*Electricity Conversion/Equivalency Charts & Definitions*

**Unit-of-Measure Equivalents**

Unit |
Equivalent |
||

Kilowatt (kW) | 1,000 | (One Thousand) | Watts |

Megawatt (MW) | 1,000,000 | (One Million) | Watts |

Gigawatt (GW) | 1,000,000,000 | (One Billion) | Watts |

Terawatt (TW) | 1,000,000,000,000 | (One Trillion) | Watts |

Gigawatt | 1,000,000 | (One Million) | Kilowatts |

Thousand Gigawatts | 1,000,000,000 | (One Billion) | Kilowatts |

Kilowatthours (kWh) | 1,000 | (One Thousand) | Watthours |

Megawatthours (MWh) | 1,000,000 | (One Million) | Watthours |

Gigawatthours (GWh) | 1,000,000,000 | One Billion) | Watthours |

Terawatthours (TWh) | 1,000,000,000,000 | (One Trillion) | Watthours |

Gigawatthours | 1,000,000 | (One Million) | Kilowatthours |

Thousand Gigawatthours | 1,000,000,000 | (One Billion) | Kilowatthours |

U.S. Dollar | 1,000 | (One Thousand) | Mills |

U.S. Cent | 10 | (Ten) | Mills |

Source: Energy Information Administration, Office of Coal, Nuclear, Electric and Alternate Fuels, Electric Power Division. |

In order to convert from U.S. units to metric units using the conversion factors shown in the following table, multiply the number of U.S. units (e.g., 2 pounds) times the conversion factor shown (0.45359237) to obtain the equivalent number in metric units (2 pounds times 0.45359237 pounds/kilograms = 0.90718474 kilograms)

**Metric Conversion**

**Mass**

1 short ton (2,000 lb) = 0.9071847 metric tons (t)

1 pounds (lb) = 0.45359237^{a} kilograms (kg)

**Volume**

1 barrel of oil (bbl) = 0.1589873 cubic meters (m3)

1 cubic foot (ft3) = 0.02831685 cubic meters (m3)

1 U.S. gallon (gal) = 3.785412 = liters (L)

**Energy**

1 British thermal unit (Btu) = 1,055.055 852 62^{ab} joules (J)

^{a}Exact conversion.^{b}The Btu used in this table is the International Table Btu adopted by the Fifth International Conference on Properties of Steam, London, 1956.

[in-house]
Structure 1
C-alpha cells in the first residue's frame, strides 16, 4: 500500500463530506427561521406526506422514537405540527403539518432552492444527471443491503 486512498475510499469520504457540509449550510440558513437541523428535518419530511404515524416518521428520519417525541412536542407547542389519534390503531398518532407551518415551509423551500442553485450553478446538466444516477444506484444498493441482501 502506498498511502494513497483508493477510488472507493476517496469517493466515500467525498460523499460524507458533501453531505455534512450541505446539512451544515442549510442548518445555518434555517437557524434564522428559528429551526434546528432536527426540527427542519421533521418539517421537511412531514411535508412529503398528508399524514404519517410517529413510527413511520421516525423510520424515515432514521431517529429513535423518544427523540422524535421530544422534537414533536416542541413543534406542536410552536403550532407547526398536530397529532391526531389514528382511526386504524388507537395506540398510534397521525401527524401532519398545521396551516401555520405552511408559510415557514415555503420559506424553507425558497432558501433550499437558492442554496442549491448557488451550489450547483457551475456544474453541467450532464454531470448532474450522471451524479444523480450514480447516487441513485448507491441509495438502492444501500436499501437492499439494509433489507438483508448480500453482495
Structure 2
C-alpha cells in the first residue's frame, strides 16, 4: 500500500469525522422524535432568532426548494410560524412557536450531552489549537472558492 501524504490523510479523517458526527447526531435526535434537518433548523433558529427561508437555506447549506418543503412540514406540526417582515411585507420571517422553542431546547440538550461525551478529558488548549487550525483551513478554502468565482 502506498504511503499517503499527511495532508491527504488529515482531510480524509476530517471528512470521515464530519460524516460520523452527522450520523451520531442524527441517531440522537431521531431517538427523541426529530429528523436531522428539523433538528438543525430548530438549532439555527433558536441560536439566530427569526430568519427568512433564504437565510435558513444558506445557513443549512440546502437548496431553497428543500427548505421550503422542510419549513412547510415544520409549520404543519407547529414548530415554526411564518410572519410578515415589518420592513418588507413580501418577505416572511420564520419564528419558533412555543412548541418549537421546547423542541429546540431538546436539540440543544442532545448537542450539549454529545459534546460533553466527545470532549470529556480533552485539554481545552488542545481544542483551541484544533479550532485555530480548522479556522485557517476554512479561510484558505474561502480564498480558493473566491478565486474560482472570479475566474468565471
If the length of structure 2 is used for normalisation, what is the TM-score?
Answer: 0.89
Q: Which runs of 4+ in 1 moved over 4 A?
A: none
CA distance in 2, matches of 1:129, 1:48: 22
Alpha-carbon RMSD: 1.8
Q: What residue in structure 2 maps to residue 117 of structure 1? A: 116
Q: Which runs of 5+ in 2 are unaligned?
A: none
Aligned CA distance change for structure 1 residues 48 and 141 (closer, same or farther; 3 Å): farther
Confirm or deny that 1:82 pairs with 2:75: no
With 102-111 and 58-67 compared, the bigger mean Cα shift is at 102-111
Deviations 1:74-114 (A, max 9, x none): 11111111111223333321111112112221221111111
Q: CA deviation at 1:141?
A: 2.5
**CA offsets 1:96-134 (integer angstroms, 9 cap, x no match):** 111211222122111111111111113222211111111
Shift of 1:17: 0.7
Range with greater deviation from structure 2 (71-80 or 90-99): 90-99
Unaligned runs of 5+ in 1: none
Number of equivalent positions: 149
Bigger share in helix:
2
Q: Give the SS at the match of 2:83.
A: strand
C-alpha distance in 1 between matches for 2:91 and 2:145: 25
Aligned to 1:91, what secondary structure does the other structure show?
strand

Notes: Spaces have been inserted after every third digit to the right of the decimal for ease of reading. Most metric units belong to the International System of Units (SI), and the liter and metric ton are acceptable for use with the SI units.

Sources: General Services Administration, Federal Standard 376B, *Preferred Metric Units for General Use by the Federal Government* (Washington, DC, January 27, 1993), pp. 9-11, 13, and 16. National Institute of Standards and Technology, Special Publications 330, 811, and 814. American National Standards Institute/Institute of Electrical and Electronic Engineers, SVIEEE Std 268-1992, pp. 28 and 29.

- >A
**Btu**or British Thermal Unit is a standard unit for measuring the quantity of heat energy equal to the quantity of heat required to raise the temperature of 1 pound (16 ounces) of water by 1 degree Fahrenheit. - The
**Capacity Factor**of a generating unit is the ratio of "the electrical energy produced by a generating unit for a given period of time" to "the electrical energy that could have been produced at continuous full-power operation during the same period." **Efficiency**is derived by dividing the heat content of 1 kilowatthour of electricity (3,412 Btu per kilowatthour) by the number of Btu contained in the input used to produce 1 kilowatthour.**Energy**is the capacity for doing work--as measured by the capability of doing work (potential energy) or the conversion of this capability to motion (kinetic energy). Energy has several forms, some of which can be converted into another form useful for work. Most of the world's convertible energy comes from fossil fuels that are burned to produce heat that is then used as a transfer medium to mechanical or other means in order accomplish tasks.is usually measured in watthours, while*Electrical*energyis usually measured in Btu.*heat*energy**Heat Rate**is a measure of generating station thermal efficiency--generally expressed in Btu per net kilowatthour. It is computed by dividing the total Btu content of fuel burned for electricity generation by the resulting net kilowatthour generation.- An
**ohm**is the unit of measurement of electrical resistance. It is the resistance of a circuit in which a potential difference of 1 volt produces a current of 1 ampere.

Source: U.S. Department of Energy / Office of Energy Information Administration